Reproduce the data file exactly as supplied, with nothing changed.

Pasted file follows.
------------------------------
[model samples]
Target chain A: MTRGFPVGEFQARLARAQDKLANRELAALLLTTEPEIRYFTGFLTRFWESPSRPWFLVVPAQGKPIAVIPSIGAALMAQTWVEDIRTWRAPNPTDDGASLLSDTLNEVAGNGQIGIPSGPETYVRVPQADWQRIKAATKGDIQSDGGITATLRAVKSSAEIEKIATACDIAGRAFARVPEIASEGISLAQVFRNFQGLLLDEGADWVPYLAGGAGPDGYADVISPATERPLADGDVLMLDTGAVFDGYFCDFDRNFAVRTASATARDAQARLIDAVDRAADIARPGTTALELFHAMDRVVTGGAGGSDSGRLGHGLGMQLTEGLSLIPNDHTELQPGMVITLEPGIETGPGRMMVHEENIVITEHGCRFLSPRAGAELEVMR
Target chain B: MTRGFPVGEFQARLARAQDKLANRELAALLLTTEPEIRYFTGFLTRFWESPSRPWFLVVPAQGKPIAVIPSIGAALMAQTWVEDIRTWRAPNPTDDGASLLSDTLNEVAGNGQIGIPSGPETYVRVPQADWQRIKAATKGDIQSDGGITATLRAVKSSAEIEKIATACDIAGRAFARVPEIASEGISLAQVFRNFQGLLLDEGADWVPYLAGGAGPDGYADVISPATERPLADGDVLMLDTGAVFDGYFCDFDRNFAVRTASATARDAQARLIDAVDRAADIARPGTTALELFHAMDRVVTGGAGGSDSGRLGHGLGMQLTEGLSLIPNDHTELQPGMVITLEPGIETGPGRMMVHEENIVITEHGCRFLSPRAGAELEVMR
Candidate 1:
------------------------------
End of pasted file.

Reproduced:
[model samples]
Target chain A: MTRGFPVGEFQARLARAQDKLANRELAALLLTTEPEIRYFTGFLTRFWESPSRPWFLVVPAQGKPIAVIPSIGAALMAQTWVEDIRTWRAPNPTDDGASLLSDTLNEVAGNGQIGIPSGPETYVRVPQADWQRIKAATKGDIQSDGGITATLRAVKSSAEIEKIATACDIAGRAFARVPEIASEGISLAQVFRNFQGLLLDEGADWVPYLAGGAGPDGYADVISPATERPLADGDVLMLDTGAVFDGYFCDFDRNFAVRTASATARDAQARLIDAVDRAADIARPGTTALELFHAMDRVVTGGAGGSDSGRLGHGLGMQLTEGLSLIPNDHTELQPGMVITLEPGIETGPGRMMVHEENIVITEHGCRFLSPRAGAELEVMR
Target chain B: MTRGFPVGEFQARLARAQDKLANRELAALLLTTEPEIRYFTGFLTRFWESPSRPWFLVVPAQGKPIAVIPSIGAALMAQTWVEDIRTWRAPNPTDDGASLLSDTLNEVAGNGQIGIPSGPETYVRVPQADWQRIKAATKGDIQSDGGITATLRAVKSSAEIEKIATACDIAGRAFARVPEIASEGISLAQVFRNFQGLLLDEGADWVPYLAGGAGPDGYADVISPATERPLADGDVLMLDTGAVFDGYFCDFDRNFAVRTASATARDAQARLIDAVDRAADIARPGTTALELFHAMDRVVTGGAGGSDSGRLGHGLGMQLTEGLSLIPNDHTELQPGMVITLEPGIETGPGRMMVHEENIVITEHGCRFLSPRAGAELEVMR
Candidate 1: